Page 301. " In the cold, Newgate meat market was just about bearable "
Newgate Meat Market, 1845
Public DomainNewgate Meat Market, 1845 - Credit: Illustrated London News

Newgate meat market lay in the City of London, between Newgate Street and Paternoster Row, roughly where the London Stock Exchange and Paternoster Square are now.

 

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Women regularly worked in the market. In July 1841, Blackwood's magazine commented:

It would scarcely be credited that, in splendid London, women are subjected to various kinds of severe and repulsive toil .... For example, the porterage of meat at the wholesale markets, as Newgate and Leadenhall, is performed by women, many of them old. You will see these wretched creatures stagger under the weight of a side of beef, or having an entire sheep upon their heads, conveying their burdens to the butchers carts, drawn up in the vicinity of the market ...

See here for more quotes about the market.

Page 308. " the very grandest broughams "

A brougham (pronounced 'broom') is an enclosed horse-drawn carriage on four wheels that was popular in the mid- to late-nineteenth century. It is uncertain as to whether the carriage was invented for the British Lord Chancellor Henry Brougham, 1st Baron Brougham, or simply popularised by him.

Page 309. " the Consort, God save him, is a member of the House of Coburg "

Queen Victoria's husband Prince Albert (1819-1861) was born into a Saxon family, Saxe-Coburg and Gotha, which was related to many of the royal families in Europe, including those of Russia, Belgium, Portugal, and Bulgaria. Albert is credited with encouraging the development of democracy in Great Britain by persuading Queen Victoria to interfere less in the business of Parliament. Though he had no constitutional power, Albert had a public voice on issues such as the abolition of slavery and Lord Palmerston's foreign policy.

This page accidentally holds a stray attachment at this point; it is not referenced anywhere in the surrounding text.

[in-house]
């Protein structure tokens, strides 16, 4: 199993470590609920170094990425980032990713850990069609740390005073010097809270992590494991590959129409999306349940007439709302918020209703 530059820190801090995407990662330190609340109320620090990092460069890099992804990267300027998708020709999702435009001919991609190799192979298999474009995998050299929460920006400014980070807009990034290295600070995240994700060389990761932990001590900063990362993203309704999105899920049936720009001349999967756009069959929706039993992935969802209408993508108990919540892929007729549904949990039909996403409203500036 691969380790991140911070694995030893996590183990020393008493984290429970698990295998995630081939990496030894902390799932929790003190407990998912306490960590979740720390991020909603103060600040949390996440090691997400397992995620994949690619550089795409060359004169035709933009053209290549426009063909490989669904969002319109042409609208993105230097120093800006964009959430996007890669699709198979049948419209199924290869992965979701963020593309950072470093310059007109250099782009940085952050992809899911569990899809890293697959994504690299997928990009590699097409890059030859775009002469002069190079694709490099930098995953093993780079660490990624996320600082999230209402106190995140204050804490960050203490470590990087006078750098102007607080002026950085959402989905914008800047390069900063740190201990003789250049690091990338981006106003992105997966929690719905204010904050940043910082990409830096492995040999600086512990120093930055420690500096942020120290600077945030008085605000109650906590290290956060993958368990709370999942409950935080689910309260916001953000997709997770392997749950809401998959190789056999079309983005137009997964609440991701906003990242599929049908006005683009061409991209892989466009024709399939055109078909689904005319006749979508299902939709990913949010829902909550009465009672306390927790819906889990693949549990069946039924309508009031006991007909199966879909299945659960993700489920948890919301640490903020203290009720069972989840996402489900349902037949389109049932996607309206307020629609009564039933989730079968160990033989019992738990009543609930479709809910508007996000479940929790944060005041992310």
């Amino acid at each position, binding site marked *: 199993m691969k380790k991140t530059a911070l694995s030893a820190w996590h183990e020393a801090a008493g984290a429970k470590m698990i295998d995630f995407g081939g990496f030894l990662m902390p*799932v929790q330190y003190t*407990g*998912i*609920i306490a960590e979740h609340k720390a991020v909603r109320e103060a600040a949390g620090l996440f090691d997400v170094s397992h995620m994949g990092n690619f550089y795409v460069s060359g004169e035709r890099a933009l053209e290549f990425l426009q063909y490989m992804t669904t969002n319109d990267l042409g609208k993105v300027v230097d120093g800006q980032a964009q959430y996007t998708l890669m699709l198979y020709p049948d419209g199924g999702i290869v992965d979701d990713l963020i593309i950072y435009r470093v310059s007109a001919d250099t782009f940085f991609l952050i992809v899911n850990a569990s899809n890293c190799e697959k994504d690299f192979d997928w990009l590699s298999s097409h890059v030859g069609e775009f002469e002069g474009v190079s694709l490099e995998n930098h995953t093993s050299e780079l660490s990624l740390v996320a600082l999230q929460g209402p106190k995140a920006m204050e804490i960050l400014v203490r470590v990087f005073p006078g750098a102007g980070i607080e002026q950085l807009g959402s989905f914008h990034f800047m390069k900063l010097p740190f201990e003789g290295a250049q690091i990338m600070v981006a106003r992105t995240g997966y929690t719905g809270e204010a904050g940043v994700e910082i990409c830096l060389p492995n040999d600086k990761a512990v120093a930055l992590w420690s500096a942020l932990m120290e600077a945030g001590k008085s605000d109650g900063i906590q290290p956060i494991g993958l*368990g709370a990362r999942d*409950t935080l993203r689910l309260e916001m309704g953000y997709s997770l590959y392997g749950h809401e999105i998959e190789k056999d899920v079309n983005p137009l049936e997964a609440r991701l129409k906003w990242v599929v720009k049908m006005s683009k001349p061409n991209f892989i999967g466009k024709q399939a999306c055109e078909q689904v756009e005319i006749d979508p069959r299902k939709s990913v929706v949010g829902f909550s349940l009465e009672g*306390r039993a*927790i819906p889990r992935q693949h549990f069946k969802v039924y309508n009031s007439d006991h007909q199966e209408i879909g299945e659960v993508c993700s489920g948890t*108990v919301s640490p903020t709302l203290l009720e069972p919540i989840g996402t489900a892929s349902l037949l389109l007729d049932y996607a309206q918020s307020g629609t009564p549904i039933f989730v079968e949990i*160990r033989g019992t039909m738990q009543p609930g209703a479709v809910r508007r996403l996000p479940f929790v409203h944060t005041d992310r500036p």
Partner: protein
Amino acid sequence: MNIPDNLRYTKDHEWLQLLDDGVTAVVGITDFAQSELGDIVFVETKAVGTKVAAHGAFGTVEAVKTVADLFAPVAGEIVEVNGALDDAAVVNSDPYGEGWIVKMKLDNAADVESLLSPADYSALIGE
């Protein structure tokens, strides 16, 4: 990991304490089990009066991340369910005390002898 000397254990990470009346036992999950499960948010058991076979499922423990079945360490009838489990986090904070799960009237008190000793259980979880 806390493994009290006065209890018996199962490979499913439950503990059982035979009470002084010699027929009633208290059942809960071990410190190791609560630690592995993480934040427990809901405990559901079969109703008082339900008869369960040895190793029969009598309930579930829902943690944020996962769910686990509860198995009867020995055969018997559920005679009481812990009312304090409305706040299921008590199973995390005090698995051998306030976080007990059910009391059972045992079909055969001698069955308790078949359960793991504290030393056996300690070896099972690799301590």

Page 313. " The unfinished Palace of Westminster "
The Palace of Westminster
Creative Commons Attribution Share AlikeThe Palace of Westminster - Credit: Diliff

 The Palace of Westminster in London is home to the Houses of Parliament (the House of Commons and the House of Lords). The Old Palace was destroyed by fire in 1834. It was made up of a complex of buildings dating back to medieval times. In 1840 construction started on the new palace, designed by Charles Barry with interiors by Augustus W. N. Pugin. The New Palace was built in the Perpendicular Gothic style, and covers an area of approximately 8 acres.

The palace took thirty years to build; neither Barry nor Pugin lived to see it completed. By the time Colt arrived in London, both parliamentary chambers were finished and in use, although the two towers were still being built.

Page 316. " pieces at the Springfield Armory "
The Springfield Armory
Public DomainThe Springfield Armory

 The Springfield Armory in Connecticut was the leading US site for the research and production of military arms. Originally established by George Washington, the armory was used throughout the American Revolution as a military base, and afterwards as a storage and research facility. By the mid-nineteenth century, the Springfield Armory was involved in bringing the technological advances of the Industrial Revolution to bear on the manufacture of arms; it made particular use of interchangeable parts and mass production.